Secret report into Aberdeen council cuts must be published – SNP

Stephen Flynn at The Town House. Picture by Heather Fowlie.

A secret report expected to detail where millions of pounds of Aberdeen council cuts will land should be made public, an opposition leader has said.

The authority’s strategic infrastructure committee (SIC) meets today to approve the likes of new recruitment and a review of assets.

The committee, made up of the council’s five group leaders, was set up in August to drive massive changes in the authority.

Around £125million of cuts are expected in the next five years and a new management structure is being created.

Town house insiders have described the meeting as a scene-setter for next month’s budget but details of where the cuts will come have so far been vague.

Savings options previously discussed include the implementation of more IT into services, outsourcing and selling off council assets.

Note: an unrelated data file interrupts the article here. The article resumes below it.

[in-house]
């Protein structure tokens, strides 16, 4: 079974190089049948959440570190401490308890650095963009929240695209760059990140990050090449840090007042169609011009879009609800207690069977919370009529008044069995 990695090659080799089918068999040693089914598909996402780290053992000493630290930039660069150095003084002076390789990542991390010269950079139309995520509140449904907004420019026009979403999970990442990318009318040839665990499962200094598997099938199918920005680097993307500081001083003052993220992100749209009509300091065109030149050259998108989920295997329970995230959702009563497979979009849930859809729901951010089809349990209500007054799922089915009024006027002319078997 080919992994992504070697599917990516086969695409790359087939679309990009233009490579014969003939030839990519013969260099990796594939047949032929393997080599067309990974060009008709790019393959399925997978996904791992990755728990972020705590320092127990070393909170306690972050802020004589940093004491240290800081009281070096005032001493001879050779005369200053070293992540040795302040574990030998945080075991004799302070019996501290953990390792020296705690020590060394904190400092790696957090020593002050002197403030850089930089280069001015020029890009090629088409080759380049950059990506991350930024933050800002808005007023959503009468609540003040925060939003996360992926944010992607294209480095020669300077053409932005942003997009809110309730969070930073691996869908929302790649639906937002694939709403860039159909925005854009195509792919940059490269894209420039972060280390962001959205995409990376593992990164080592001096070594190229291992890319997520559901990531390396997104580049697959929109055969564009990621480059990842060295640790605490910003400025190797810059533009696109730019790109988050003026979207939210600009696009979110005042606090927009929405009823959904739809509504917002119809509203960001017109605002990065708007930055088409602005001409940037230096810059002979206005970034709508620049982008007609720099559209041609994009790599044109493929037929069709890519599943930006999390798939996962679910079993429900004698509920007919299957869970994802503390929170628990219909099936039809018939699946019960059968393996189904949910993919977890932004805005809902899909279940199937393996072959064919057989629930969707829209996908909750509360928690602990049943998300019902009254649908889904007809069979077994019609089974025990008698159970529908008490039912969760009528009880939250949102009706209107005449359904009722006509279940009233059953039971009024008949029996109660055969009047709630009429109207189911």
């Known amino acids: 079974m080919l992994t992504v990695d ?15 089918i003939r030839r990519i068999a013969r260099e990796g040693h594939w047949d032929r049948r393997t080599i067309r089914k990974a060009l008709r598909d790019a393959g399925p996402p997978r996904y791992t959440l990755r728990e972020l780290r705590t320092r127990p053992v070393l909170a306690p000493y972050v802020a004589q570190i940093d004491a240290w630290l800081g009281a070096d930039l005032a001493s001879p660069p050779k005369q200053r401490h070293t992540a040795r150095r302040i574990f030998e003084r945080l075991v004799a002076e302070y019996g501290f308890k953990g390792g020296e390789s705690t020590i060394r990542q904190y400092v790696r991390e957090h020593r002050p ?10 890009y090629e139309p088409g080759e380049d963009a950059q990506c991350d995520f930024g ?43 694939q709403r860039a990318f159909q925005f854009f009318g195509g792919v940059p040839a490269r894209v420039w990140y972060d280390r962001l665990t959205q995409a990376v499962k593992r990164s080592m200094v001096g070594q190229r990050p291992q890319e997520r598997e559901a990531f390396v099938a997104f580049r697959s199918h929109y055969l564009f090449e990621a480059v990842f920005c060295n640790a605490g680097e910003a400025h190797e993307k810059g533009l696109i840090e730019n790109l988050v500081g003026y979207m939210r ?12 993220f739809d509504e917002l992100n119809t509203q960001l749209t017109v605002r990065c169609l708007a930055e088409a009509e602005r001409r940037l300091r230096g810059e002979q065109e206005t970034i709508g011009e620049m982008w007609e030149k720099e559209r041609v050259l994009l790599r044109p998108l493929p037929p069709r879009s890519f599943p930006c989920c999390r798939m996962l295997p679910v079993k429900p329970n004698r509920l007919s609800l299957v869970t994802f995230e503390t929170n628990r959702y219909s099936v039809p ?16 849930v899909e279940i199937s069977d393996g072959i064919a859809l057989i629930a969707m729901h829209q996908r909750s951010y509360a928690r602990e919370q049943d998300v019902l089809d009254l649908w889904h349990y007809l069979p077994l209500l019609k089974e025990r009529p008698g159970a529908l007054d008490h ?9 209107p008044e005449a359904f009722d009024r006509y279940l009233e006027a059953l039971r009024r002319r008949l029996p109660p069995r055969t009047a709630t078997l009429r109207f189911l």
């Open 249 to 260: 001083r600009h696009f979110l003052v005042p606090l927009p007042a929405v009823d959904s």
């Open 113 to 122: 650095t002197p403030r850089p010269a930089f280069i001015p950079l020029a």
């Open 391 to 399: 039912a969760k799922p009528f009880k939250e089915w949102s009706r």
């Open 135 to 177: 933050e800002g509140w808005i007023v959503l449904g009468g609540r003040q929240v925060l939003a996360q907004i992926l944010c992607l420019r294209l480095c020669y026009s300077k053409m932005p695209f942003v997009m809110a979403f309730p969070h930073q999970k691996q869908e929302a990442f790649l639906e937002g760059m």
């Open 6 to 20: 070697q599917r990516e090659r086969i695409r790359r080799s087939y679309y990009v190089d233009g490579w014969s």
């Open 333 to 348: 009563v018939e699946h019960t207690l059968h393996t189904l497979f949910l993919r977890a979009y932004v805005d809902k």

A voluntary redundancy programme is also underway.

Last night, SNP group leader Stephen Flynn said that the final agenda item, simply titled “migration to transitional target operating structure”, should be open to public scrutiny.

It is understood that this paper will contain more details of exactly where the axe will fall, but will be heard behind closed doors in private session.

He said: “The fact that we have just five councillors sitting in a locked room, shielded from the public, making enormous decisions about the future direction of the council is absurd.

“Given the gravity of these decisions the administration should be making every effort to include all councillors and to also make papers public – with the final agenda paper for Friday’s meetings being a perfect example of this.

“It wouldn’t surprise me if the administration thought it might be easier to make big decisions behind closed doors but they’ve been elected to represent the public, not hide from them.”

Council co-leader Douglas Lumsden insisted that the committee had been set up to make the move to the new model quicker.

He said: “We set up the committee so decisions could be made and implemented quickly rather than at full council.

“The pace of change is going to be very fast now

“Many of our committees have exempt papers for a number of different reasons, this is no different.”

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